Bob Bradley isn't the first American to try his luck abroad with a foreign national team, but his appointment could end up being the most important.
An earthquake rippled through the U.S. soccer community this past weekend. And it came in the form of the Egypt Football Association announcing that Bob Bradley will be the head coach of its national team.
To be clear, the announcement wasn't the kind of massive upheaval that cracked foundations and sent institutions crumbling. It was more the type of tremor that shook you, made you sit up and take notice, and ponder the long-term ramifications. Call it a 6.0 on soccer's Richter scale.
It's worth noting that from a purely historical perspective, Bradley isn't the first American to try his luck abroad with a foreign national team. In 1930, Mark Scott Thompson became the first U.S. coach to head up another country's national team when he took over El Salvador. Since the beginning of the new millennium, the likes of Bill Moravek managed the British Virgin Islands, Ian Mork took up the reins of Belize, while Steve Sampson had a two-year stint managing Costa Rica.
But Bradley's appointment does signify a sizable shift.
"Certainly, the status of Egypt as a soccer-playing nation is right up there," said Peter Wilt, who as general manager of the Chicago Fire, hired Bradley to his first professional head coaching job in 1998. "Yet I think it's more important to recognize that an America-born coach can have the ability to lead a major country. I think it's an important step in gaining credibility for American soccer, not just American coaches, not just Bob Bradley, but the entire American soccer community. It's an important milestone, but it's one of many in the last decade."
Just how big a marker it ends up being will depend on how Bradley performs. If he's successful, it may well open the door for other American coaches to get opportunities abroad. If not, the reputation of the U.S. will be knocked back down a peg or two, even as the sport continues its rise in terms of acceptance at home.
But make no mistake, Bradley is walking into a job littered with challenges, some of which no other U.S. coach has ever encountered. From a purely soccer standpoint, an Egyptian side with a long history of success, one that included the last three African Cup of Nations titles, is undergoing a period of immense transition. Mainstays such as Wael Gomaa and Ahmed Hassan are heading toward the end of their international careers, and the Pharaohs didn't even qualify for the ACN next year to be held in Gabon and Equatorial Guinea. The Egyptian domestic league is in a state of flux as well, with clubs, many of which are owned by the military, attempting to move to a more independent economic model free of government subsidies.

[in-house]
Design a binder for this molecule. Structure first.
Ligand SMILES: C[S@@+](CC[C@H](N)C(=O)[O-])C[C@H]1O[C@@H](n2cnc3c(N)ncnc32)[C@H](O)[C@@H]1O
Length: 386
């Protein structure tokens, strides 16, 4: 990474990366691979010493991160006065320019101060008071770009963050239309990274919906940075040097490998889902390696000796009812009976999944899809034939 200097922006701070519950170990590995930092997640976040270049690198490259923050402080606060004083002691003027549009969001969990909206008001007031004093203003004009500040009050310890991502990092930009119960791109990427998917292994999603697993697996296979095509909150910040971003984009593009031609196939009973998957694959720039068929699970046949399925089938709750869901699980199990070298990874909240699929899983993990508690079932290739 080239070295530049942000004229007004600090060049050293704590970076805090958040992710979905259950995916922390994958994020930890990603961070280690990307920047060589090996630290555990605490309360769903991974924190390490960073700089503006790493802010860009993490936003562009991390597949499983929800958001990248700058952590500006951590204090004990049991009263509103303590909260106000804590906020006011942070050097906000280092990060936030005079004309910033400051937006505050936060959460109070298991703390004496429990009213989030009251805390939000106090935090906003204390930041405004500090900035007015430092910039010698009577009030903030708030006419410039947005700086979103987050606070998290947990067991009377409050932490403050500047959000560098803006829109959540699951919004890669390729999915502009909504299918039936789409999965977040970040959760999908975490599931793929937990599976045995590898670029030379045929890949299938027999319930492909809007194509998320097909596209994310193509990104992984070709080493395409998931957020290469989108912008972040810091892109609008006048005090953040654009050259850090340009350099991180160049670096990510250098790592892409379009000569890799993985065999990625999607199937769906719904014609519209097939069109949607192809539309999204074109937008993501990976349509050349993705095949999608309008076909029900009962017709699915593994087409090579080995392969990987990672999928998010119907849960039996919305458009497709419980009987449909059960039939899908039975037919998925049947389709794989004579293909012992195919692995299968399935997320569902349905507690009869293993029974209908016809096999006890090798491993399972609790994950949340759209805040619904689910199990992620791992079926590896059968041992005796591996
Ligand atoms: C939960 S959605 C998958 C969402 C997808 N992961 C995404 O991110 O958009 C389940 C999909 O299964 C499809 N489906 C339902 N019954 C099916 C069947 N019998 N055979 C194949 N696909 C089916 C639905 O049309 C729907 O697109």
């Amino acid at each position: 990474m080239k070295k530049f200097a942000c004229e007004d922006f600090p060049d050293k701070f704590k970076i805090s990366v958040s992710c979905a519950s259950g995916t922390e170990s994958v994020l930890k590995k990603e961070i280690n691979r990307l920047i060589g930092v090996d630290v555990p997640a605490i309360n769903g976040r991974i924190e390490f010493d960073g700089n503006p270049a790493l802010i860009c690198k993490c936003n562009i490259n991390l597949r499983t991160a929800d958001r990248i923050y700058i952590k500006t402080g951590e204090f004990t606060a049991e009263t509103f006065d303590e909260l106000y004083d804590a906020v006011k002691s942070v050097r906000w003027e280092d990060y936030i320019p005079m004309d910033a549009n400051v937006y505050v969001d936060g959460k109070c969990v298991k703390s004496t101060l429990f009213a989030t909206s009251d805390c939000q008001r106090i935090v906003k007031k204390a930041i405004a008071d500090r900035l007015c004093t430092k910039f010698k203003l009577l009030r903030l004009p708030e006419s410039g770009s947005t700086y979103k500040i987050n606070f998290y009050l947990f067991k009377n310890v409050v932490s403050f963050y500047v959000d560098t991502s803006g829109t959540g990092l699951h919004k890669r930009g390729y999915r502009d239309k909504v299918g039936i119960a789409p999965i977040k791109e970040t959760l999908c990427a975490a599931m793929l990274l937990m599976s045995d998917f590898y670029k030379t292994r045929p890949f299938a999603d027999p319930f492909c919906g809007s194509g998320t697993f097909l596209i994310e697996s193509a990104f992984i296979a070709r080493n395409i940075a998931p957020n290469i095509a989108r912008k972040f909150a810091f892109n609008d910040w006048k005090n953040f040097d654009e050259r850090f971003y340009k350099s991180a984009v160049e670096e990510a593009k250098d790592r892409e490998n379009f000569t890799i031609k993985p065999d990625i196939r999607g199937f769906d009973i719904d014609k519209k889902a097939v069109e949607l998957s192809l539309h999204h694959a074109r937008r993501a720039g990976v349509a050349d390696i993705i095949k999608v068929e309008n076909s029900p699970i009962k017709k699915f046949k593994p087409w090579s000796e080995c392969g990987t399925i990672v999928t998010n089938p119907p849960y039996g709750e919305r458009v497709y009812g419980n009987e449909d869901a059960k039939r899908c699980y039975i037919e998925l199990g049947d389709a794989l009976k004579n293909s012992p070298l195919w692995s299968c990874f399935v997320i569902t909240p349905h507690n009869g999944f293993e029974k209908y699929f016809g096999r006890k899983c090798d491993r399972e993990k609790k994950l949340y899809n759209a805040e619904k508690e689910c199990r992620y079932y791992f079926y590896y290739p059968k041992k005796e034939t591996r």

Yet that pales in comparison to the political upheaval that has wracked the country, and culminated in the ouster of long-time president Hosni Mubarak last February. The national team was oftentimes viewed as a public relations tool of the Mubarak government, and during the height of the protests the players and club management stood on the sidelines, much to the anger of fans.
"There's a fair amount of work that's going to have to take place in order to rebuild the [national team] fan base, and also rebuild, in a sense, player confidence," said James M. Dorsey, who writes the soccer blog, The Turbulent World of Middle East Soccer. "You've had situations at the club level in which fans would unfold huge banners that said, 'We were there for you. Where were you when we needed you?'"